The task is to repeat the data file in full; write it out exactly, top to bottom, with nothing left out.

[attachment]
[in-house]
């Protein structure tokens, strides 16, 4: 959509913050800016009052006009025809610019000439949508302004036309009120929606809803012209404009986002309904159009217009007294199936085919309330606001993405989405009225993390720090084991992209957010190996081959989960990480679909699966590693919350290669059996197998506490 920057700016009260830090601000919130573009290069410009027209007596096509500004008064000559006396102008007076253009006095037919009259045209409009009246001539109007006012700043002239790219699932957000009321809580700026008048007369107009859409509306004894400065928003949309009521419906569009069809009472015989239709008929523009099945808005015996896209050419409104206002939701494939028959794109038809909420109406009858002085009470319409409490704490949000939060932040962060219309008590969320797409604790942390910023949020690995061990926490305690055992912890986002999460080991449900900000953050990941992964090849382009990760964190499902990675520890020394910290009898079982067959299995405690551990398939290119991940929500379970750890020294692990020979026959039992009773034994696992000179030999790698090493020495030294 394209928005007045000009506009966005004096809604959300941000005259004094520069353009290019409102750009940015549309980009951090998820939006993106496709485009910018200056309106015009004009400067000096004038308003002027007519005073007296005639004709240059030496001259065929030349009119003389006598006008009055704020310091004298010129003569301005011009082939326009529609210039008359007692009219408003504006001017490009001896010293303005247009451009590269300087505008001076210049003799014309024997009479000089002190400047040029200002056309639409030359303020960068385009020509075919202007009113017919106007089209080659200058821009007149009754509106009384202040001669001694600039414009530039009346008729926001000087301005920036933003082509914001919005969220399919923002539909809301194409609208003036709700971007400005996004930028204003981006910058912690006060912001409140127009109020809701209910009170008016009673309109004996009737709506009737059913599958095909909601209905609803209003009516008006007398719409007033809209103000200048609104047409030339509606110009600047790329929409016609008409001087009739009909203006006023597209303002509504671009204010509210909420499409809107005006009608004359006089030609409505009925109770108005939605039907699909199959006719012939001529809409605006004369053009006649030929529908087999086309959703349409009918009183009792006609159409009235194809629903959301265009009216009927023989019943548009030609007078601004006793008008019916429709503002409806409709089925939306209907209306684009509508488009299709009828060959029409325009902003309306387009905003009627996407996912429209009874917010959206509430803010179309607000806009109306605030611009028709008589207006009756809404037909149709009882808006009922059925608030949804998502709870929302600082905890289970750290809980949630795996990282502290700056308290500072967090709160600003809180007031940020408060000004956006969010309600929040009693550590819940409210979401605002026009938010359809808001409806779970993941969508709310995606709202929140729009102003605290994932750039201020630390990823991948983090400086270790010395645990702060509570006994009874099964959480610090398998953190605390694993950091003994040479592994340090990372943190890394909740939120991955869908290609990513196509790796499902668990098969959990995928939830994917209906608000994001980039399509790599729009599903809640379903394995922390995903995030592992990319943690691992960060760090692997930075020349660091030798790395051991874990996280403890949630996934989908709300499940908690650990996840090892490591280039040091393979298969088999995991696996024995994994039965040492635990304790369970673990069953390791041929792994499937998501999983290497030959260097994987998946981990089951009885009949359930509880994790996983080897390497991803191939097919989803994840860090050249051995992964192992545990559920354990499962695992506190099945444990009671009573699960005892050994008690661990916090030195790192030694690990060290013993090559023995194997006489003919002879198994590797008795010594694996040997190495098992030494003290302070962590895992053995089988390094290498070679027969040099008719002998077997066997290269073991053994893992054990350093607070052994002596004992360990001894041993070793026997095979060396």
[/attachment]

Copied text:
[in-house]
């Protein structure tokens, strides 16, 4: 959509913050800016009052006009025809610019000439949508302004036309009120929606809803012209404009986002309904159009217009007294199936085919309330606001993405989405009225993390720090084991992209957010190996081959989960990480679909699966590693919350290669059996197998506490 920057700016009260830090601000919130573009290069410009027209007596096509500004008064000559006396102008007076253009006095037919009259045209409009009246001539109007006012700043002239790219699932957000009321809580700026008048007369107009859409509306004894400065928003949309009521419906569009069809009472015989239709008929523009099945808005015996896209050419409104206002939701494939028959794109038809909420109406009858002085009470319409409490704490949000939060932040962060219309008590969320797409604790942390910023949020690995061990926490305690055992912890986002999460080991449900900000953050990941992964090849382009990760964190499902990675520890020394910290009898079982067959299995405690551990398939290119991940929500379970750890020294692990020979026959039992009773034994696992000179030999790698090493020495030294 394209928005007045000009506009966005004096809604959300941000005259004094520069353009290019409102750009940015549309980009951090998820939006993106496709485009910018200056309106015009004009400067000096004038308003002027007519005073007296005639004709240059030496001259065929030349009119003389006598006008009055704020310091004298010129003569301005011009082939326009529609210039008359007692009219408003504006001017490009001896010293303005247009451009590269300087505008001076210049003799014309024997009479000089002190400047040029200002056309639409030359303020960068385009020509075919202007009113017919106007089209080659200058821009007149009754509106009384202040001669001694600039414009530039009346008729926001000087301005920036933003082509914001919005969220399919923002539909809301194409609208003036709700971007400005996004930028204003981006910058912690006060912001409140127009109020809701209910009170008016009673309109004996009737709506009737059913599958095909909601209905609803209003009516008006007398719409007033809209103000200048609104047409030339509606110009600047790329929409016609008409001087009739009909203006006023597209303002509504671009204010509210909420499409809107005006009608004359006089030609409505009925109770108005939605039907699909199959006719012939001529809409605006004369053009006649030929529908087999086309959703349409009918009183009792006609159409009235194809629903959301265009009216009927023989019943548009030609007078601004006793008008019916429709503002409806409709089925939306209907209306684009509508488009299709009828060959029409325009902003309306387009905003009627996407996912429209009874917010959206509430803010179309607000806009109306605030611009028709008589207006009756809404037909149709009882808006009922059925608030949804998502709870929302600082905890289970750290809980949630795996990282502290700056308290500072967090709160600003809180007031940020408060000004956006969010309600929040009693550590819940409210979401605002026009938010359809808001409806779970993941969508709310995606709202929140729009102003605290994932750039201020630390990823991948983090400086270790010395645990702060509570006994009874099964959480610090398998953190605390694993950091003994040479592994340090990372943190890394909740939120991955869908290609990513196509790796499902668990098969959990995928939830994917209906608000994001980039399509790599729009599903809640379903394995922390995903995030592992990319943690691992960060760090692997930075020349660091030798790395051991874990996280403890949630996934989908709300499940908690650990996840090892490591280039040091393979298969088999995991696996024995994994039965040492635990304790369970673990069953390791041929792994499937998501999983290497030959260097994987998946981990089951009885009949359930509880994790996983080897390497991803191939097919989803994840860090050249051995992964192992545990559920354990499962695992506190099945444990009671009573699960005892050994008690661990916090030195790192030694690990060290013993090559023995194997006489003919002879198994590797008795010594694996040997190495098992030494003290302070962590895992053995089988390094290498070679027969040099008719002998077997066997290269073991053994893992054990350093607070052994002596004992360990001894041993070793026997095979060396």